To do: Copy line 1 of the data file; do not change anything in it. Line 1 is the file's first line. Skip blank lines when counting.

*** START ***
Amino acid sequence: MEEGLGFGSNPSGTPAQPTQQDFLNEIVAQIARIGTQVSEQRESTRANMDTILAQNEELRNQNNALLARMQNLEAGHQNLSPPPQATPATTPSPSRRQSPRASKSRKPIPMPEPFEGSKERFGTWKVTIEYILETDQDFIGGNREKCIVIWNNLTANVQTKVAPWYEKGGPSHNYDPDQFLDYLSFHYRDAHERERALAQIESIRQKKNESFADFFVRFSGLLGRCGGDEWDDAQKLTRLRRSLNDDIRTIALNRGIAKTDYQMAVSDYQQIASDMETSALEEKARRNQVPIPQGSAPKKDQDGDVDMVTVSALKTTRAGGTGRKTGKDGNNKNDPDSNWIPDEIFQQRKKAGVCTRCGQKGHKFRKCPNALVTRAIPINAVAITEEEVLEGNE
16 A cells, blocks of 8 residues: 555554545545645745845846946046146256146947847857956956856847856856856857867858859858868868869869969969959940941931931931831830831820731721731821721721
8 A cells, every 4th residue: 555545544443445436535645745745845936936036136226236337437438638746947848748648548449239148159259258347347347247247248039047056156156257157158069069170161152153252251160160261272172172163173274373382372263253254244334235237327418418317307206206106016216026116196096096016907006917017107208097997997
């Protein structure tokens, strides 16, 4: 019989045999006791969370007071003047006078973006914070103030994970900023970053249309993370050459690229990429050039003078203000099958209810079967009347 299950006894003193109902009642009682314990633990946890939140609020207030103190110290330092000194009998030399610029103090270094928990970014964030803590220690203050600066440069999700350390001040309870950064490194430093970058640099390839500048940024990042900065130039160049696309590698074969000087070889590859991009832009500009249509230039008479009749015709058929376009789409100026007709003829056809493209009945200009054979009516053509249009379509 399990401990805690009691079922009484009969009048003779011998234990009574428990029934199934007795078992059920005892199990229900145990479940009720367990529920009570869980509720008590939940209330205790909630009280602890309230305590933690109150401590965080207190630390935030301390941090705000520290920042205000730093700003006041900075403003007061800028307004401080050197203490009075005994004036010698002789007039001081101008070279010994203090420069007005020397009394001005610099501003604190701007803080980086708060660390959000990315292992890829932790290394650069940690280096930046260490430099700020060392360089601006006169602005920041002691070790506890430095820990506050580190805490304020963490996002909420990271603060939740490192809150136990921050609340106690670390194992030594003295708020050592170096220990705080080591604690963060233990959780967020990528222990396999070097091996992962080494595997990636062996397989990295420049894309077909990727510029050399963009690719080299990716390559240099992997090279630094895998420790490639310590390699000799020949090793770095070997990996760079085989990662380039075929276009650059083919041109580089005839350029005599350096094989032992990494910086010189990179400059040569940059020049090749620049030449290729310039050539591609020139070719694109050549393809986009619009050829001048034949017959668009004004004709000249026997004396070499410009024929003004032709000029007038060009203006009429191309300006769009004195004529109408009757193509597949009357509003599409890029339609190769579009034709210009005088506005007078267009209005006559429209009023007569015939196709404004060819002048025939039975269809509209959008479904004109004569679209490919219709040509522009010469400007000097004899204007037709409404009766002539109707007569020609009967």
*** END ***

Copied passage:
Amino acid sequence: MEEGLGFGSNPSGTPAQPTQQDFLNEIVAQIARIGTQVSEQRESTRANMDTILAQNEELRNQNNALLARMQNLEAGHQNLSPPPQATPATTPSPSRRQSPRASKSRKPIPMPEPFEGSKERFGTWKVTIEYILETDQDFIGGNREKCIVIWNNLTANVQTKVAPWYEKGGPSHNYDPDQFLDYLSFHYRDAHERERALAQIESIRQKKNESFADFFVRFSGLLGRCGGDEWDDAQKLTRLRRSLNDDIRTIALNRGIAKTDYQMAVSDYQQIASDMETSALEEKARRNQVPIPQGSAPKKDQDGDVDMVTVSALKTTRAGGTGRKTGKDGNNKNDPDSNWIPDEIFQQRKKAGVCTRCGQKGHKFRKCPNALVTRAIPINAVAITEEEVLEGNE